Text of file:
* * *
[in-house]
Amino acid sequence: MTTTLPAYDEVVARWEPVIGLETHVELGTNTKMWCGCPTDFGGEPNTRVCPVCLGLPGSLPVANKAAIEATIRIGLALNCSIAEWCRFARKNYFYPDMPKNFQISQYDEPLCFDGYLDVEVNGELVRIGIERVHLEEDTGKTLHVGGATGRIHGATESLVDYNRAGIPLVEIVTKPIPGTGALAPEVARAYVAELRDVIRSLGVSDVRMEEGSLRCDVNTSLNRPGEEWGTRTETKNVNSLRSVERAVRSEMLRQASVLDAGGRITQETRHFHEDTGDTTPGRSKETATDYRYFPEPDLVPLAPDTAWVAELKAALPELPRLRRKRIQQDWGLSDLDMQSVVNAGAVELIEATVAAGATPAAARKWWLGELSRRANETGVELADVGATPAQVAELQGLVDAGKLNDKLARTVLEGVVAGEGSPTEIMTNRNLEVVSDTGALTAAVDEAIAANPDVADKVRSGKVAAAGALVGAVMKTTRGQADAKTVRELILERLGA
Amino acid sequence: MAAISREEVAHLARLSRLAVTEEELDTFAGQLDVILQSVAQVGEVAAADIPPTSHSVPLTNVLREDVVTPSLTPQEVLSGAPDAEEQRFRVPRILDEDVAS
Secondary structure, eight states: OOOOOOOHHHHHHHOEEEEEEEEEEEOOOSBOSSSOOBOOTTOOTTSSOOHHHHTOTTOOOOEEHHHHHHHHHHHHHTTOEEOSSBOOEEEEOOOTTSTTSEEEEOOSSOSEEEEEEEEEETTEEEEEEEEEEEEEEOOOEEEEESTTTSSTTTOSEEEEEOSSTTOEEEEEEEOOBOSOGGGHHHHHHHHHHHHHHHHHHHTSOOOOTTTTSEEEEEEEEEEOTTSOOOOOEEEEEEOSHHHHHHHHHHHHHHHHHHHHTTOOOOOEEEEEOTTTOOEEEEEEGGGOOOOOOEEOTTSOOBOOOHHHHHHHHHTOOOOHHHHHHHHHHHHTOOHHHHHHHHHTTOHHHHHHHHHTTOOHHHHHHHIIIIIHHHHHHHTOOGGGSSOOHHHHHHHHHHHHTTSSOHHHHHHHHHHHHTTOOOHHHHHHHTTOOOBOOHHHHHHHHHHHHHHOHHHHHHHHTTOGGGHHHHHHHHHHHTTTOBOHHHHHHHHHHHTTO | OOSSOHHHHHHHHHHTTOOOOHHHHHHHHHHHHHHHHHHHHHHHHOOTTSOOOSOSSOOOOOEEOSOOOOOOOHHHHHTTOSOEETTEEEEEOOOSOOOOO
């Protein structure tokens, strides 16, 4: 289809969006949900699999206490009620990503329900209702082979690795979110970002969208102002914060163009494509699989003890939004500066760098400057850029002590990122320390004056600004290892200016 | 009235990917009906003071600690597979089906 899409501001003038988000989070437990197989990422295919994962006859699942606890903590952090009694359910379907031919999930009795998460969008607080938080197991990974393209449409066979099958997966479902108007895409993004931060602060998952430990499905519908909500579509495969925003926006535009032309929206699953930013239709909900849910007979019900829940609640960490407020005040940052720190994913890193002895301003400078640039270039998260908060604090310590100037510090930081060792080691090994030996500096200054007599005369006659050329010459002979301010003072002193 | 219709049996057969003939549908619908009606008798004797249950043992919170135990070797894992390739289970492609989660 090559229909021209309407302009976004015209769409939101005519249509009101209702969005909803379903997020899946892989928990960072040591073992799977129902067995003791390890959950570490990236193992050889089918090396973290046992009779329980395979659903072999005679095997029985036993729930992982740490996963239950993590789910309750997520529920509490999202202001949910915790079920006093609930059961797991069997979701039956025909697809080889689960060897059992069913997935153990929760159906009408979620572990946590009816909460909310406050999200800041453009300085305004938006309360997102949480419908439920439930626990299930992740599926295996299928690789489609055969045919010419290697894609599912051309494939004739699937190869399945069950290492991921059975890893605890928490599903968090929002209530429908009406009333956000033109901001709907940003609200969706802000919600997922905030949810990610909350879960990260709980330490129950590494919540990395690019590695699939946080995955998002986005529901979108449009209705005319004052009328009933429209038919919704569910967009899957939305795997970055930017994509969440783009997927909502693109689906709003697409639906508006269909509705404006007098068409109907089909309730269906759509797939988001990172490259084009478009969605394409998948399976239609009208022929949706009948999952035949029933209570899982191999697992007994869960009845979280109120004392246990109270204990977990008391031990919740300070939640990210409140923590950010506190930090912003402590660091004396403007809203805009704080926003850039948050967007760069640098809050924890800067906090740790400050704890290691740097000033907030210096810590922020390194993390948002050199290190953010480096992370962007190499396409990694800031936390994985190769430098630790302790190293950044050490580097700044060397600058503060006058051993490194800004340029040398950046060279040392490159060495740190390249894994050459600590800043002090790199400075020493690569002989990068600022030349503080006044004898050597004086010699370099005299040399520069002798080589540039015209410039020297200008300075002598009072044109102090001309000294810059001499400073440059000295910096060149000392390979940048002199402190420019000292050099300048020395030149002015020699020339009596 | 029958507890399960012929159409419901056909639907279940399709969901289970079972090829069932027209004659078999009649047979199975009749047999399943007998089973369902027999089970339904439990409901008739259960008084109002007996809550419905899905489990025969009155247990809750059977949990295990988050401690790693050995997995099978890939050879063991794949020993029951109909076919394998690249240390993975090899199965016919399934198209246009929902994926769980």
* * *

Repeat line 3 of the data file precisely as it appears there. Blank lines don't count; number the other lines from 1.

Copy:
Amino acid sequence: MAAISREEVAHLARLSRLAVTEEELDTFAGQLDVILQSVAQVGEVAAADIPPTSHSVPLTNVLREDVVTPSLTPQEVLSGAPDAEEQRFRVPRILDEDVAS